Why Nate Silver’s Critics Are Wrong And Lessons For The Enterprise

Former Republican congressman-turned-TV pundit Joe Scarborough doesn’t buy Nate Silver’s numbers. For Scarborough, they just don’t add up.

Speaking on Morning Joe on Oct. 29, when Silver’s FiveThirtyEight blog put Obama’s chances at reelection somewhere around 75%, Scarborough declared: “Both sides understand [the presidential election] is close, it could go either way, and anybody that thinks this race is anything but a tossup right now is such an ideologue they should be kept away from typewriters, computers, laptops and microphones for the next ten days because they’re jokes.”

FiveThirtyEight’s Nate Silver and Morning Joe’s Joe Scarborough

Let’s just forget about the First Amendment implications of this statement for now, as we’ll give the congressman a pass for political hyperbole. But the real problem for Scarborough and others that say Silver’s (supposedly) liberal politics is the real force behind his so-called “prediction” is that Silver isn’t making a prediction at all.

Rather, Silver is placing odds on the outcome of the presidential race based on extensive analysis of multiple data sources. When Silver’s blog declares that Governor Romney has a 13.7% chance of winning tomorrow’s election (as it does as of this writing), that doesn’t translate into Silver saying President Obama’s reelection is a lock. It simply means that based on Silver’s predictive model, if this election were held 100 times, President Obama would win, on average, 86 times to Governor Romeny’s 14.

It’s also important to remember that Silver himself doesn’t claim his algorithms are infallible and I have no doubt that if Governor Romney wins tomorrow’s election he (Silver) will be the first to investigate which influencing factors his analysis may have missed.

Get Ready for Resistance

The Scarborough/Silver flap illustrates two important lessons for business analysts and LOB managers as they seek to spread the gospel of Big Data and predictive analytics in the enterprise. First, be prepared to meet fierce resistance from colleagues that don’t understand and/or are threatened by data-driven decision-making. Many will point out instances where your “predictions” were wrong in the past and some, like Scarborough to Silver, will claim you’re biased (and maybe even call you names.)

To overcome this resistance, you’ll need to do some explaining about what predictive analytics is and isn’t. Predictive analytics actually isn’t about predictions. It’s about making better business decisions based on the likely outcomes of those decisions as influenced by past and current market conditions. Nobody, or at least nobody that understands the discipline, claims that predictive analysts are all-seeing, infallible fortune tellers.

Engage and Show Your Work

Which leads us to lesson two. Always be prepared to backup your data-driven analysis by showing your work (to borrow a phrase from my school days) and become your own biggest critic. After putting in days or weeks of number crunching to answer a particularly vexing question, you’ll be tempted to want to show off your new insight as soon as possible. But resist the urge. Instead, question everything. Question the assumptions you made in building your models. Question the quality of the data sources you performed your analysis on. Think like your critical colleagues, tearing apart your analysis at every possible loose edge until you are confident in your conclusions.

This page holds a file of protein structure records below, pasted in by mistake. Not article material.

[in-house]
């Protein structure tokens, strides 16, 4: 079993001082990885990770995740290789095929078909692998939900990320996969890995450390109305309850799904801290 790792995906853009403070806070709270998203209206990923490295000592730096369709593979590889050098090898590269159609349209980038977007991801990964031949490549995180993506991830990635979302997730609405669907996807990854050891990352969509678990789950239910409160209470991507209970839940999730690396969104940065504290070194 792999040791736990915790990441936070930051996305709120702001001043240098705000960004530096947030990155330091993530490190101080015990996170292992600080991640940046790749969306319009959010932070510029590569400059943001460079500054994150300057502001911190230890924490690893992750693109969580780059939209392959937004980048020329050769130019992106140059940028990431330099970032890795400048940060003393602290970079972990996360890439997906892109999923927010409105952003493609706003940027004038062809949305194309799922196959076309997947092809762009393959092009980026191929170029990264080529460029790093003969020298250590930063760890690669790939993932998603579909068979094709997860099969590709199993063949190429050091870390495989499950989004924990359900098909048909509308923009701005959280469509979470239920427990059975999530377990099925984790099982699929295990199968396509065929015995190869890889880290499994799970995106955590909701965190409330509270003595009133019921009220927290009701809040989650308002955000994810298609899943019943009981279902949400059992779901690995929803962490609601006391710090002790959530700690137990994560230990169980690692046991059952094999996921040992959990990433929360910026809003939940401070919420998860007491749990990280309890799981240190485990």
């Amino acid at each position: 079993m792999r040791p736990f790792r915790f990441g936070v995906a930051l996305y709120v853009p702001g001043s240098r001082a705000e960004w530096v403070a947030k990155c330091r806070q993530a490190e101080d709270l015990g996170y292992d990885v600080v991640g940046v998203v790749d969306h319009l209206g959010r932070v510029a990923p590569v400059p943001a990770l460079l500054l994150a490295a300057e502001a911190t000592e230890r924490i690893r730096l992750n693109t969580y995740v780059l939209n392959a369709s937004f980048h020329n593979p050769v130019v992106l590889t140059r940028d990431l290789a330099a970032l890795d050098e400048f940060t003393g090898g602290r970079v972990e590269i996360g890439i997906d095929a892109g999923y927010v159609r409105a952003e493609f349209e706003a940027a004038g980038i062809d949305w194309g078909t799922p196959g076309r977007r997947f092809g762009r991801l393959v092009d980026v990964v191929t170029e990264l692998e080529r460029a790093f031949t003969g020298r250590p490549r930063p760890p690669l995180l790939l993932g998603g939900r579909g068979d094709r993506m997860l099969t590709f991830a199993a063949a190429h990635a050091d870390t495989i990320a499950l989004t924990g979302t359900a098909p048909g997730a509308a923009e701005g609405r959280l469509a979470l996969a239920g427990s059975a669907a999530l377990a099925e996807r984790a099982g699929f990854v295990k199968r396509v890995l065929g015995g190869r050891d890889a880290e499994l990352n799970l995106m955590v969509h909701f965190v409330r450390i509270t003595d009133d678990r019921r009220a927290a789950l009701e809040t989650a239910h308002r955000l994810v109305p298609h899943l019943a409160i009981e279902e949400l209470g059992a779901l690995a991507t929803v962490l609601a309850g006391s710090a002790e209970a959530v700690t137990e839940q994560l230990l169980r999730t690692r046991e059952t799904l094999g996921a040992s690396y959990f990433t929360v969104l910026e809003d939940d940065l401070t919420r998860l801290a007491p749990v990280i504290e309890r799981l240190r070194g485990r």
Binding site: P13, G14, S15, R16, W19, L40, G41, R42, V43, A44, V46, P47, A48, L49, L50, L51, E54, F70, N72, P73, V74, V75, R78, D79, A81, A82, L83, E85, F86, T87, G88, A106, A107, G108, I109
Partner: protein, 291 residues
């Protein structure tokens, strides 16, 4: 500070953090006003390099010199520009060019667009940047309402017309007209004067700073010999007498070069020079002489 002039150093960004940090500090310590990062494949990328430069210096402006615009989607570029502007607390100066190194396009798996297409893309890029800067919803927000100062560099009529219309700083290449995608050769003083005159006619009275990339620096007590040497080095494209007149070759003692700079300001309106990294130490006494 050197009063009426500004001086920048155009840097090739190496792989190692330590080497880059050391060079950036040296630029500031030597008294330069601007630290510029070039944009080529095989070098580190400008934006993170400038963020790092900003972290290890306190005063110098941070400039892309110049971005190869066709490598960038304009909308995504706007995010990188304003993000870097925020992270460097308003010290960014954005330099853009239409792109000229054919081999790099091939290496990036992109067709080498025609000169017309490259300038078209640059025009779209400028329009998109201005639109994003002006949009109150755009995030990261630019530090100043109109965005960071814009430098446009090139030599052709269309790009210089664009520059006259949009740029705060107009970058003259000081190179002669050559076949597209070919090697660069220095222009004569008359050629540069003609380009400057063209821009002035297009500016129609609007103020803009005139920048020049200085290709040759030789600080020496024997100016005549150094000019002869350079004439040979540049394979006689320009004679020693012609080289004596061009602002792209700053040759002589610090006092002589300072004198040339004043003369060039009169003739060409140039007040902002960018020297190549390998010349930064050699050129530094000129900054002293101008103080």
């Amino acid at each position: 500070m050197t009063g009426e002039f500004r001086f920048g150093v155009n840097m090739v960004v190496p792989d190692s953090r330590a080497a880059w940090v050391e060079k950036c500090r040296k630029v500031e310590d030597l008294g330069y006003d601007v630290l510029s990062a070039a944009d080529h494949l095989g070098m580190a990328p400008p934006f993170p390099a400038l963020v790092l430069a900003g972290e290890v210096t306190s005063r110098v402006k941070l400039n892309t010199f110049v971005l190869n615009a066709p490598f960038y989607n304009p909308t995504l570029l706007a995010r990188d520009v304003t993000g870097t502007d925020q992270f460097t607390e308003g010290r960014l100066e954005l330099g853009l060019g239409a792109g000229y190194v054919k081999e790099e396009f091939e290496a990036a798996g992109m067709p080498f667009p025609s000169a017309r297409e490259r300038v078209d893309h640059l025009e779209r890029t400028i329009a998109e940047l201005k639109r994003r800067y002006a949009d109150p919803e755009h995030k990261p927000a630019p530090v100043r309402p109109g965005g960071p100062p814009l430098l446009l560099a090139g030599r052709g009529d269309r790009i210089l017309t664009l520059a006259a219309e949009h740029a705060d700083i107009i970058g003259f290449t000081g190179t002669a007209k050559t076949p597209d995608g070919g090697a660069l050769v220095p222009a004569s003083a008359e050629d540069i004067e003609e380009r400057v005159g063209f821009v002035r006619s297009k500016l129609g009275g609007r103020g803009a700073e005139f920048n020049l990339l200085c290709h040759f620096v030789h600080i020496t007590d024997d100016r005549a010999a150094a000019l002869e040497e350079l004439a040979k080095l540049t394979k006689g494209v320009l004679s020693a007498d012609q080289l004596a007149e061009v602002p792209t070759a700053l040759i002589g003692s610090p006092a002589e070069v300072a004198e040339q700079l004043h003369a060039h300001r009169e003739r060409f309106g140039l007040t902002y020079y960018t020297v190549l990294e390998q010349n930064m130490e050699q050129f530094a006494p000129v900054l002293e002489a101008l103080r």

Then don’t just tolerate colleagues that question your analysis, but encourage them. Ask them to poke as many holes in it as possible. There’s a good chance they might point out flaws in your models and assumptions that you missed that, when corrected, make your analysis even stronger. Disarm critics by making them part of the process.

By explaining the true purpose of Big Data & predictive analytics and making internal critics part of the process, you have am much better chance of successfully incorporating data-driven decision-making into your enterprise and you may even stop all the name calling.

 

 

About Jeffrey Kelly

As Wikibon’s lead Big Data analyst, Jeff Kelly applies a critical eye to trends and developments in the Big Data and business analytics markets, with a strong focus on helping practitioners deliver business value. Jeff’s research includes market analysis, emerging technologies, enterprise Big Data case studies, and more. He also appears frequently on theCUBE to share his insights. Prior to joining Wikibon, Jeff spent seven years as a writer and editor at TechTarget, where covered a number of business and IT topics including IT services, mobile computing, data management and business intelligence. He holds a BA from Providence College and an MA from Northeastern University.